Indian J Sex Transm Dis Indian J Sex Transm Dis
Official Publication of the Indian Association for the Study of Sexually Transmitted Diseases
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ORIGINAL ARTICLE
Year : 2016  |  Volume : 37  |  Issue : 1  |  Page : 33-37

Time trends of seroepidemiology of hepatitis C virus and hepatitis B virus coinfection in human immunodeficiency virus-infected patients in a Super Specialty Hospital in New Delhi, India: 2012–2014


Department of Microbiology, G.B. Pant Hospital, New Delhi, India

Correspondence Address:
Abha Sharma
Department of Microbiology, G.B. Pant Hospital, New Delhi
India
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Source of Support: None, Conflict of Interest: None


DOI: 10.4103/0253-7184.176214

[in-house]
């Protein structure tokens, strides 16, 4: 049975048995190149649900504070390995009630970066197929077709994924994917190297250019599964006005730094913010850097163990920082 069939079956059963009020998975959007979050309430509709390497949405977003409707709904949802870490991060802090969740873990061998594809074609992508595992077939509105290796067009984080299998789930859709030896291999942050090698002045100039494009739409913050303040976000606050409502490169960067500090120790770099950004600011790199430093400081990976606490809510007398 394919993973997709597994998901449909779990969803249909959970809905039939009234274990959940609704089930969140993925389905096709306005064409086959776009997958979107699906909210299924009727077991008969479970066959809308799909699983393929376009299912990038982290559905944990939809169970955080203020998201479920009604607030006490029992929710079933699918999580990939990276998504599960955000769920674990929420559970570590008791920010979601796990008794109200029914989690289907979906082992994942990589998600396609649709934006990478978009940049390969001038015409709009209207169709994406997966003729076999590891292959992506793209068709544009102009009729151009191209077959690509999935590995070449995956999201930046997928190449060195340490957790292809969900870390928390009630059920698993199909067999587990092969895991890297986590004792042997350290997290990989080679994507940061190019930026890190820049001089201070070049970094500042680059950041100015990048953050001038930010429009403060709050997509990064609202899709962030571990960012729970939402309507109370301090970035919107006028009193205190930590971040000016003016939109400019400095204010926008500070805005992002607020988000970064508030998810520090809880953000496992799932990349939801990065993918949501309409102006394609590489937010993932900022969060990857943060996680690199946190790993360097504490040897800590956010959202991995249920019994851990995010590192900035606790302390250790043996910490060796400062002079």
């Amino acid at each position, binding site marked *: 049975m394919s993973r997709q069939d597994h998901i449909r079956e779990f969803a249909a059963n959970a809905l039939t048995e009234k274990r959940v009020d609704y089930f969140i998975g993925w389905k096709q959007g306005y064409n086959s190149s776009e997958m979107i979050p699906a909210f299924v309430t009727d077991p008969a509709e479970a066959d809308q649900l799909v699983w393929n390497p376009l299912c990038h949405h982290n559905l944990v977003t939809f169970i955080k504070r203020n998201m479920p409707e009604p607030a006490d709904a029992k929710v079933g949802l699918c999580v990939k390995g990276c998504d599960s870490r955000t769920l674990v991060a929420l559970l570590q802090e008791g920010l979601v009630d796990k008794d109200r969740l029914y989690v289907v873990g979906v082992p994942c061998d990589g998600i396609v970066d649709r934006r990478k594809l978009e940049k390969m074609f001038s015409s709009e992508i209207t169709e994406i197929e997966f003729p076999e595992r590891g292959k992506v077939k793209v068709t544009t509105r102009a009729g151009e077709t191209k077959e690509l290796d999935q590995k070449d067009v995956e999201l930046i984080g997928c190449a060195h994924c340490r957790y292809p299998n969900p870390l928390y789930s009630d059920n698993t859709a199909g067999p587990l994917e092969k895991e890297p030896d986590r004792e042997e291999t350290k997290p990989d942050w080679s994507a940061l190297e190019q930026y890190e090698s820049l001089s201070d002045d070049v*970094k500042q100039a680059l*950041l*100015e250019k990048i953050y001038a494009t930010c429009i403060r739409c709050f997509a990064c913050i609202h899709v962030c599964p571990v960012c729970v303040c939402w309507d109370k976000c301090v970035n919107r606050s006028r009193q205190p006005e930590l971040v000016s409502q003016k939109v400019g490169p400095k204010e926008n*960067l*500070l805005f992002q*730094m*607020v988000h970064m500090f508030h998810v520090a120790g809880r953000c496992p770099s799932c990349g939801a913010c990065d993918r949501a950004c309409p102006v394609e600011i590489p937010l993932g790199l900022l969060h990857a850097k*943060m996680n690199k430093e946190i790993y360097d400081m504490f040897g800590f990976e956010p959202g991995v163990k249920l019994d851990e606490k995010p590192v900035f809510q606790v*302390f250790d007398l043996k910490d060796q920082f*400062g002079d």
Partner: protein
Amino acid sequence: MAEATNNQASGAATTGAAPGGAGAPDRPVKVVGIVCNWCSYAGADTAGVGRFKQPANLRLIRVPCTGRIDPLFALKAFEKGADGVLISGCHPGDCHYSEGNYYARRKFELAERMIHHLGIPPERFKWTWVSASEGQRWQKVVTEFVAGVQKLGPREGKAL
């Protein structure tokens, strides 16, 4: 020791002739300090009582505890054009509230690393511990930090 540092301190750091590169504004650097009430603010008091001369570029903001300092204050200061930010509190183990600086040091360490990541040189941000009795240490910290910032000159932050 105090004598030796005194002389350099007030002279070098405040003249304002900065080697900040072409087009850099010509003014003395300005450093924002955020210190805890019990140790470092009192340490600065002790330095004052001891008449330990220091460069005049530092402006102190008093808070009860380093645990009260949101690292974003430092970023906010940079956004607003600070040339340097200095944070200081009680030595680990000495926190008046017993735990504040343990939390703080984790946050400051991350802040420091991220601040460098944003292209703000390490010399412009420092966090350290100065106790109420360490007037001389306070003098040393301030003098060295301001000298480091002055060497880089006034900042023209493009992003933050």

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Background: Hepatitis viruses and human immunodeficiency virus (HIV) coinfection is a major cause of liver diseases worldwide. High prevalence of hepatitis B virus (HBV) and hepatitis C virus (HCV) in Asia makes it important to understand HBV and HCV coinfection with HIV in this part of the globe. This study was done with the aim of assessing the time trends of seroepidemiology of HBV and HCV coinfection in HIV patients over the last 3 years. Materials and Methods: Year wise retrospective analysis of data between January 2012 and December 2014 was done. Results: The prevalence of HIV infection among 0–20 years and >60 years age group decreased over the last 3 years (2012–2014), 8.4%, 6.4%, and 3.1% and 3.6%, 3.8%, and 1.5%, respectively. While increasing prevalence was seen among 21–40 years age group, 57.8%, 60.2%, and 67.1%, respectively in 2012, 2013, and 2014. There was no significant relationship between age/gender and HBV/HCV seropositivity among HIV-positive patients. The risk of acquiring HBV infection was more in HIV-positive patients who were >60 years of age (odds ratio = 3.3182; 95% confidence interval: 0.3669–30.005). The prevalence of HCV seropositivity is less in HIV-positive patients as only one case was anti-HCV antibody positive in last 3 years who was a male patient in the age group 21–40 years. A declining trend was observed for HIV positive cases over 2012–2014 while no significant trend change is seen in HBV/HCV seropositivity among HIV patients from 2012 to 2104. Conclusion: It is recommended to screen HIV patients routinely for concurrent HBV/HCV infection as hepatotropic viruses with HIV increase the risk of liver mortalities.


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